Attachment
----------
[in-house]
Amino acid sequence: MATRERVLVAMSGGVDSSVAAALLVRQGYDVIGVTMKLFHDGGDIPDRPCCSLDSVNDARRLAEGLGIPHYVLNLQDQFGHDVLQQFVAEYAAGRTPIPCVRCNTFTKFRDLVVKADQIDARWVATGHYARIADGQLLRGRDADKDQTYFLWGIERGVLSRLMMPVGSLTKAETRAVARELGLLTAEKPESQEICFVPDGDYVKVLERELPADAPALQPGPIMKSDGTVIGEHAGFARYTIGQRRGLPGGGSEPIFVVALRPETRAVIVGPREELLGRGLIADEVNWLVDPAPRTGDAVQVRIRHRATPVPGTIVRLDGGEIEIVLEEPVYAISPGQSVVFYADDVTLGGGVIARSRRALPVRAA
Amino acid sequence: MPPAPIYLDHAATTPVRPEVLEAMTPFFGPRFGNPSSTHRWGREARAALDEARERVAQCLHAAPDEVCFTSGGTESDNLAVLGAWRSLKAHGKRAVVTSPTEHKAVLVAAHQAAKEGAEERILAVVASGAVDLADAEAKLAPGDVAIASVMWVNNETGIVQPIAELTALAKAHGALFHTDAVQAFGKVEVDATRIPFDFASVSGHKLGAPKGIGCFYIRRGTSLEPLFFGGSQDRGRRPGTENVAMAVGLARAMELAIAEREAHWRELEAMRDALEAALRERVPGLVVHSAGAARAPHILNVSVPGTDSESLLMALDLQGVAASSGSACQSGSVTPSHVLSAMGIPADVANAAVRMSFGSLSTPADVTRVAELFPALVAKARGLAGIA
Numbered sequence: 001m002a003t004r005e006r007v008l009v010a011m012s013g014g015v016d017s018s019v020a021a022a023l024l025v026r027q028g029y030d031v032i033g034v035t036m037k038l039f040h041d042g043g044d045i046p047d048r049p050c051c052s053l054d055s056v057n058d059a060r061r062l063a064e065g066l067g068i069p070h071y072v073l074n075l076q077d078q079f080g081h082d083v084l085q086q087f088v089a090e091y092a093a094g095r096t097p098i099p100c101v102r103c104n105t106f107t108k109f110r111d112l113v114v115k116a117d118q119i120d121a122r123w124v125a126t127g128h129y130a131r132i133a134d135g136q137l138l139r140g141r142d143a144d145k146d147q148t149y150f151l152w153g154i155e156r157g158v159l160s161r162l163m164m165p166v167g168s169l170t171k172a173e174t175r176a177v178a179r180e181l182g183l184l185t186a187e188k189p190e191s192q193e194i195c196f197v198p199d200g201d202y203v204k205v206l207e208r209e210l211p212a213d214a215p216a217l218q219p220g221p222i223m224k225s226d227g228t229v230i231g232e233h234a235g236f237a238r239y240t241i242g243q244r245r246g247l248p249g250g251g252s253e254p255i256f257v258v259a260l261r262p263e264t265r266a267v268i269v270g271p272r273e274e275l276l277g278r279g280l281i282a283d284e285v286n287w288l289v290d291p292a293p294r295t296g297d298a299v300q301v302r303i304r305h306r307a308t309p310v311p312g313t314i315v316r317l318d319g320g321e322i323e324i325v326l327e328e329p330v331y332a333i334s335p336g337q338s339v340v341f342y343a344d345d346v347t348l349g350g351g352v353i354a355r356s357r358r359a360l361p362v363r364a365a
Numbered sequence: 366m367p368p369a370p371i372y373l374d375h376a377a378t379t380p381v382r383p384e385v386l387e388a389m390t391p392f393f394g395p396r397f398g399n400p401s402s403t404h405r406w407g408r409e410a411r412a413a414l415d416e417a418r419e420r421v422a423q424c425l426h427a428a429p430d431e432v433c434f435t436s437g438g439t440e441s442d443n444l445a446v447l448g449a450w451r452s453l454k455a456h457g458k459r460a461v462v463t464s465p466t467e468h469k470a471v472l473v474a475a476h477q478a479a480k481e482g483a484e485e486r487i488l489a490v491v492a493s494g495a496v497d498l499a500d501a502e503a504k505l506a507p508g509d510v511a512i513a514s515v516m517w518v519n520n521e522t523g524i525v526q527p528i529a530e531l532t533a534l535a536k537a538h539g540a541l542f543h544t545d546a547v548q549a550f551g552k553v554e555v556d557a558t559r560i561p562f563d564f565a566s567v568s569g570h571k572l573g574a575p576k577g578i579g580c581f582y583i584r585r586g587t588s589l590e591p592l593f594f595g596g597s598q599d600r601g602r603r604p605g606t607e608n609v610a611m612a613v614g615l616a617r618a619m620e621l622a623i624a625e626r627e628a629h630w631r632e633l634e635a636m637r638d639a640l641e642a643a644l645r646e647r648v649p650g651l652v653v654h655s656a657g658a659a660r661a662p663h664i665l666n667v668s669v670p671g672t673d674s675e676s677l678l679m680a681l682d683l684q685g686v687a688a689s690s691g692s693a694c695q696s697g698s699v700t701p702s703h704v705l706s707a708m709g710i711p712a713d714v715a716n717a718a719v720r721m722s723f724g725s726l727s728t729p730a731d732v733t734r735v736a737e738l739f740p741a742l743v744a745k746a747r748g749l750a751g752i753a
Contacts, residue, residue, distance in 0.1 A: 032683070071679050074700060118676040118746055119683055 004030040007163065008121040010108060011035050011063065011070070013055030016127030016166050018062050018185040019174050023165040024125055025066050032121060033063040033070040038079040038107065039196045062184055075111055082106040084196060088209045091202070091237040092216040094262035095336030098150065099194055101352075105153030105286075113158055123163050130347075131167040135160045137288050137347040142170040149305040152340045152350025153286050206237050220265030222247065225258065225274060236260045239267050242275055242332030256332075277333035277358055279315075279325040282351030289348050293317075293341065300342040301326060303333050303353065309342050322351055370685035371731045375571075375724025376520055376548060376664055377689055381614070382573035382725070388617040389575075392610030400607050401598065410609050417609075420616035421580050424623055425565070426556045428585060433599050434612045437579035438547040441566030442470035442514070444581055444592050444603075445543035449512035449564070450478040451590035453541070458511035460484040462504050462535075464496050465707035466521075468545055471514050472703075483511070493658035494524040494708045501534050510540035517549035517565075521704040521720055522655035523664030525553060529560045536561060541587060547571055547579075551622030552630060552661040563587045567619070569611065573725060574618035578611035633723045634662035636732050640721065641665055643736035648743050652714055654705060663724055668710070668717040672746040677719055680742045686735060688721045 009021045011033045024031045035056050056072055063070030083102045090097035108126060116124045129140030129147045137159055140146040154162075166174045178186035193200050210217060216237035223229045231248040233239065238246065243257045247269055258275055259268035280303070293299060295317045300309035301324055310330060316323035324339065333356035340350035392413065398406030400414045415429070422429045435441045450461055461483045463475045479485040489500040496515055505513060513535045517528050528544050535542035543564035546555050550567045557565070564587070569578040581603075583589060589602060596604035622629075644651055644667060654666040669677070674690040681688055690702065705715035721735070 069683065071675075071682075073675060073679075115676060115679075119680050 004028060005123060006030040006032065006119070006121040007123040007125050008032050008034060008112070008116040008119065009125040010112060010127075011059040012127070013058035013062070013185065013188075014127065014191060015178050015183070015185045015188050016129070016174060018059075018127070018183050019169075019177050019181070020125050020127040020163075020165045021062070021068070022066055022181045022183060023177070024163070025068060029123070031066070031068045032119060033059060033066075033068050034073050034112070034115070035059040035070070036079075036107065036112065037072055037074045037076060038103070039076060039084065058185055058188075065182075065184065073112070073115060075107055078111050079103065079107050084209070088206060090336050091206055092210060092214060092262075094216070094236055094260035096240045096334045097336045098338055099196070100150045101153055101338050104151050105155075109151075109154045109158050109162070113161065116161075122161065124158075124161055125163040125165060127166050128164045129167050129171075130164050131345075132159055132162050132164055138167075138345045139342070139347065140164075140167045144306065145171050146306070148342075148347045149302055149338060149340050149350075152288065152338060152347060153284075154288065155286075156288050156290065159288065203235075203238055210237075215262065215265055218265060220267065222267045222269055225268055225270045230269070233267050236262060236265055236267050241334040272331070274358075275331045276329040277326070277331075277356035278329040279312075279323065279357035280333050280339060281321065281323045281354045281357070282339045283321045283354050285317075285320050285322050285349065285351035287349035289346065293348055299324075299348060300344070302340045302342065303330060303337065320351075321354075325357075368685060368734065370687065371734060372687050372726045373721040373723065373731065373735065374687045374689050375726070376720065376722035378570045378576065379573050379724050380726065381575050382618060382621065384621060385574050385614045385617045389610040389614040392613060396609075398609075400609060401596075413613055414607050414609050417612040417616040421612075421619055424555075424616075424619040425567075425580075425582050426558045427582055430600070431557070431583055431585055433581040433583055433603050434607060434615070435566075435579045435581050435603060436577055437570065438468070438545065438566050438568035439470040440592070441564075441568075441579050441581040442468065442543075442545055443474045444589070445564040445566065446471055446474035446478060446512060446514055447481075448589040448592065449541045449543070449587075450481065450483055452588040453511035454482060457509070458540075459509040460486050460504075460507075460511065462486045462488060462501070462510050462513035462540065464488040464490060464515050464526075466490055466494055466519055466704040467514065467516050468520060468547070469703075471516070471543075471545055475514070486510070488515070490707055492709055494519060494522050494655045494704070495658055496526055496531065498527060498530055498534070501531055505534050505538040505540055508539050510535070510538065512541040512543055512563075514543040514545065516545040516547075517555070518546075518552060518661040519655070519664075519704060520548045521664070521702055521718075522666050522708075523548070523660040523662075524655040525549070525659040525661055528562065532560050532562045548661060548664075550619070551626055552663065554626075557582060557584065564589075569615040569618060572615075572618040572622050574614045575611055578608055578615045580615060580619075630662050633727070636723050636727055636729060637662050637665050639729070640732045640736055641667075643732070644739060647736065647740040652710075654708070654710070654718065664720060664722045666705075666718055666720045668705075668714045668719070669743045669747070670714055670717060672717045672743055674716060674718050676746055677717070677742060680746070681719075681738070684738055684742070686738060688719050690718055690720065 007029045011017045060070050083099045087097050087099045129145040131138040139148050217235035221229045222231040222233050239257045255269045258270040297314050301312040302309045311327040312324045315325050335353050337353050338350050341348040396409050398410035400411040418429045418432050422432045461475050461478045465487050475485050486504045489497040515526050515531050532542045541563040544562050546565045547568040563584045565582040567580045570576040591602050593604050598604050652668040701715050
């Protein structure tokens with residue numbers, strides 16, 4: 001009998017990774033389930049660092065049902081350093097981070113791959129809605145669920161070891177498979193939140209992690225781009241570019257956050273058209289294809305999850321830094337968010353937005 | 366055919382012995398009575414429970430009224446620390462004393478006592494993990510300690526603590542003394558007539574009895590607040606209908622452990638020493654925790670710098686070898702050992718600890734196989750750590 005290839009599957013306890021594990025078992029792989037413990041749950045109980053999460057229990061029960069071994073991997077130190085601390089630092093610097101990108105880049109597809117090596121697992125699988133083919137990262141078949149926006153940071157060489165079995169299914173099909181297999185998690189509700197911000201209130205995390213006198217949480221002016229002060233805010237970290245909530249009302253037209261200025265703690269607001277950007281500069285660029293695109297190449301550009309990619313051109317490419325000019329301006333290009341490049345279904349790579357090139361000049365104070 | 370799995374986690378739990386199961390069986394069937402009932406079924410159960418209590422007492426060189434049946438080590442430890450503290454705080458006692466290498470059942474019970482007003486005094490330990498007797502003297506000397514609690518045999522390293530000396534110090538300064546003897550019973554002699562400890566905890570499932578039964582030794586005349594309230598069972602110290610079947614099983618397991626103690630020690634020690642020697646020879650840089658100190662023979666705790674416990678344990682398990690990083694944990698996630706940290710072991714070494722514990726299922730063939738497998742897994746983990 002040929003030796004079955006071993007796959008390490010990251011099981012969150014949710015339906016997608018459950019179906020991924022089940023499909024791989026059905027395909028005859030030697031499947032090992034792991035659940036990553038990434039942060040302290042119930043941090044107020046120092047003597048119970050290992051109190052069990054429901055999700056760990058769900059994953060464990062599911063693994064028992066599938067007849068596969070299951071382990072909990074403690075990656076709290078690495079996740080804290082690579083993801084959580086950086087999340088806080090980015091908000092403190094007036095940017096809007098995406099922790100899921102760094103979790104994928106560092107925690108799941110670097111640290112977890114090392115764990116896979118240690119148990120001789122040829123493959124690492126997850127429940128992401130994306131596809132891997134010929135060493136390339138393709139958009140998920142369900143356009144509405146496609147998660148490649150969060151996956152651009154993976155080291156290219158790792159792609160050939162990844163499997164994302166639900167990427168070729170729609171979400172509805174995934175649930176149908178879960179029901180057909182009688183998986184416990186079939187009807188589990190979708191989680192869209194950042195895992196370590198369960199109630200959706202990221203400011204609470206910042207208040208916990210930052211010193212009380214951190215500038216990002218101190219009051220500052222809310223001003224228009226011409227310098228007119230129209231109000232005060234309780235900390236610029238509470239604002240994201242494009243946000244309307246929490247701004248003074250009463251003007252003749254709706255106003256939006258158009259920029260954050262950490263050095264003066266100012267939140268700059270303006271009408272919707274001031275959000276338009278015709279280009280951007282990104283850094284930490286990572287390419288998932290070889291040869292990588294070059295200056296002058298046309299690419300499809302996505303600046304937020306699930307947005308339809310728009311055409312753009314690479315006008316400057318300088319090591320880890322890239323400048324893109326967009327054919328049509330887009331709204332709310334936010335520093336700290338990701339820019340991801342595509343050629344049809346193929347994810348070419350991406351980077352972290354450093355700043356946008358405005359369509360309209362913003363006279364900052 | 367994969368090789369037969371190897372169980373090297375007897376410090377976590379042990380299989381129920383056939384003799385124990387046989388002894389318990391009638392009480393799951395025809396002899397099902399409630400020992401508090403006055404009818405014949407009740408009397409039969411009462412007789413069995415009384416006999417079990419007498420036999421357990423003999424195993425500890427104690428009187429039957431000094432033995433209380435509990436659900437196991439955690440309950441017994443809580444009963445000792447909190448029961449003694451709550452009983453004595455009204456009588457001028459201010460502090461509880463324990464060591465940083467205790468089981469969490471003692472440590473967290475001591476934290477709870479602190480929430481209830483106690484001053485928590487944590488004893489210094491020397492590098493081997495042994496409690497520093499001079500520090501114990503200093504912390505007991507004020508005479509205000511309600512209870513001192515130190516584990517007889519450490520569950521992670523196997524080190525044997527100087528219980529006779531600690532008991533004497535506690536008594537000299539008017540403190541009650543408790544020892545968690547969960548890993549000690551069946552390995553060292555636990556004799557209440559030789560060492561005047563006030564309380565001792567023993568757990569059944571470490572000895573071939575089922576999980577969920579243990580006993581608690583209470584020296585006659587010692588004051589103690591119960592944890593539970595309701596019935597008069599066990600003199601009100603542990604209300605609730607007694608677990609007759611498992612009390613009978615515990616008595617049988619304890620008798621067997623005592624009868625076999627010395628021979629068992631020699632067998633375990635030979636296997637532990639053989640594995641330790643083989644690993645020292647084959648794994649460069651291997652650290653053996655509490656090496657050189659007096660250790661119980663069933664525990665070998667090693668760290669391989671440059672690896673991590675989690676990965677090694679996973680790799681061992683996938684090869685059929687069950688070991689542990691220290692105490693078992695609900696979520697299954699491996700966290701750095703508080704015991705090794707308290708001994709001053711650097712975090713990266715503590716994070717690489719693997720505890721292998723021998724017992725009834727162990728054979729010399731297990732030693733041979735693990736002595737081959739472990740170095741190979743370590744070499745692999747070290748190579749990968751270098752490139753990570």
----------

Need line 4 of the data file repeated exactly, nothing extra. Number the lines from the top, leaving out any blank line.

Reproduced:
Numbered sequence: 001m002a003t004r005e006r007v008l009v010a011m012s013g014g015v016d017s018s019v020a021a022a023l024l025v026r027q028g029y030d031v032i033g034v035t036m037k038l039f040h041d042g043g044d045i046p047d048r049p050c051c052s053l054d055s056v057n058d059a060r061r062l063a064e065g066l067g068i069p070h071y072v073l074n075l076q077d078q079f080g081h082d083v084l085q086q087f088v089a090e091y092a093a094g095r096t097p098i099p100c101v102r103c104n105t106f107t108k109f110r111d112l113v114v115k116a117d118q119i120d121a122r123w124v125a126t127g128h129y130a131r132i133a134d135g136q137l138l139r140g141r142d143a144d145k146d147q148t149y150f151l152w153g154i155e156r157g158v159l160s161r162l163m164m165p166v167g168s169l170t171k172a173e174t175r176a177v178a179r180e181l182g183l184l185t186a187e188k189p190e191s192q193e194i195c196f197v198p199d200g201d202y203v204k205v206l207e208r209e210l211p212a213d214a215p216a217l218q219p220g221p222i223m224k225s226d227g228t229v230i231g232e233h234a235g236f237a238r239y240t241i242g243q244r245r246g247l248p249g250g251g252s253e254p255i256f257v258v259a260l261r262p263e264t265r266a267v268i269v270g271p272r273e274e275l276l277g278r279g280l281i282a283d284e285v286n287w288l289v290d291p292a293p294r295t296g297d298a299v300q301v302r303i304r305h306r307a308t309p310v311p312g313t314i315v316r317l318d319g320g321e322i323e324i325v326l327e328e329p330v331y332a333i334s335p336g337q338s339v340v341f342y343a344d345d346v347t348l349g350g351g352v353i354a355r356s357r358r359a360l361p362v363r364a365a